Another Lawsuit Against HPD Alleging Labor Law Violations - Hawaii News Now - KGMB and KHNL

Another Lawsuit Against HPD Alleging Labor Law Violations

Tenari Maafala Tenari Maafala

By Minna Sugimoto

HONOLULU (KHNL) -- After a costly settlement just two years ago, the Honolulu Police Department is once again accused of violating federal labor laws.

This week, officers seeking payment for overtime work are receiving information on how to participate in the class-action suit.

From chasing the bad guys to writing reports, officers say it's not unusual for them to work beyond their scheduled shift.

"There's a lot of times where the officers don't put in a card for (overtime)," Tenari Maafala, State of Hawaii Organization of Police Officers president, said. "And whether it's 15 minutes, sometimes it's an hour or couple hours that the officers would stay back on their own time to finish up their reports."

The Honolulu Police Department is once again accused of violating the Fair Labor Standards Act. The federal lawsuit alleges officers haven't been paid for all overtime hours they've worked, that officers haven't been paid the correct overtime rate, and that the city's rules about compensatory time off violate the law.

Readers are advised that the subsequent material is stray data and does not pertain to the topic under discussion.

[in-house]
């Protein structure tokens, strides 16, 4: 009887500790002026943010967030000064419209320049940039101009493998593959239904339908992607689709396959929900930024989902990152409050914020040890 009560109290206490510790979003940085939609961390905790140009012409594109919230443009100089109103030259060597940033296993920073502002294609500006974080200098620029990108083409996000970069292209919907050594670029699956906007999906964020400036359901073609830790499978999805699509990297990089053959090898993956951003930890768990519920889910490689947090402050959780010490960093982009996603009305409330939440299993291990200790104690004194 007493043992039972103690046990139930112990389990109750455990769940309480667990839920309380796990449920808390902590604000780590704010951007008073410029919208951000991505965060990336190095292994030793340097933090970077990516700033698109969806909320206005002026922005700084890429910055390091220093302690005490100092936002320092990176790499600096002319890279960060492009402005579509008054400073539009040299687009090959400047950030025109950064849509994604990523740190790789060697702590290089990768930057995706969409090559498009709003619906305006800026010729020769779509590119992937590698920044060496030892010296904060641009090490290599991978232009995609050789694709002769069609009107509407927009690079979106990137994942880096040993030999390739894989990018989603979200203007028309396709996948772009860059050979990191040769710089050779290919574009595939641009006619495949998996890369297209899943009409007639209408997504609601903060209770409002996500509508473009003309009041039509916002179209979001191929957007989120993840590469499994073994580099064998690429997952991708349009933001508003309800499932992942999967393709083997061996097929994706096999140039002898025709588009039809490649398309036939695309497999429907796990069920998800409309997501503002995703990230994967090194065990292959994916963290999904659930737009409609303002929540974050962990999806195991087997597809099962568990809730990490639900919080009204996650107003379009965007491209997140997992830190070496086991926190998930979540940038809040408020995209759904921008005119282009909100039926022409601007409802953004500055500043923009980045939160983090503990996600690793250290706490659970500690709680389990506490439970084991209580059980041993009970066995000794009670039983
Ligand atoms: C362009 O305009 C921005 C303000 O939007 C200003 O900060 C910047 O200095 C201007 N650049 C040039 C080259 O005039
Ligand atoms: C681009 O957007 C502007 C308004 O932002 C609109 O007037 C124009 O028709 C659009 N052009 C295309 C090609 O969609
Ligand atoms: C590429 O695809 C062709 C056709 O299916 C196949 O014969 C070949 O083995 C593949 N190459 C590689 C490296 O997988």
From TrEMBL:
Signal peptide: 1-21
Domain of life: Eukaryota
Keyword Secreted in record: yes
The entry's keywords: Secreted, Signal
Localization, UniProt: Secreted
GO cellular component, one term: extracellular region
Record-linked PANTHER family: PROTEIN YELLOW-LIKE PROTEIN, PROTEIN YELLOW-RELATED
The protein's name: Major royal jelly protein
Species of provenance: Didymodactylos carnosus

"These officers that are part of the second suit obviously would have to provide or produce the documents to justify their claims," Maafala said.

Two years ago, the city settled a similar suit by agreeing to pay police and firefighters $30 million in back overtime.

The new case is moving forward this week, as officers begin receiving sealed envelopes containing information about the class-action lawsuit and how to join in.

"It's a credit to the city and the department as well as the SHOPO in supporting our officers that didn't enroll in the first lawsuit," Maafala said.

But police chief Boisse Correa sent an e-mail to his staff Wednesday. In it, he says the city denies the allegations and intends to vigorously defend against the claims.

"I haven't seen that letter yet," Maafala said. "And if in fact that true, then that's their position."

The plaintiffs' attorneys say more than 100 employees have already joined the suit.

The case is set for trial in January of next year.

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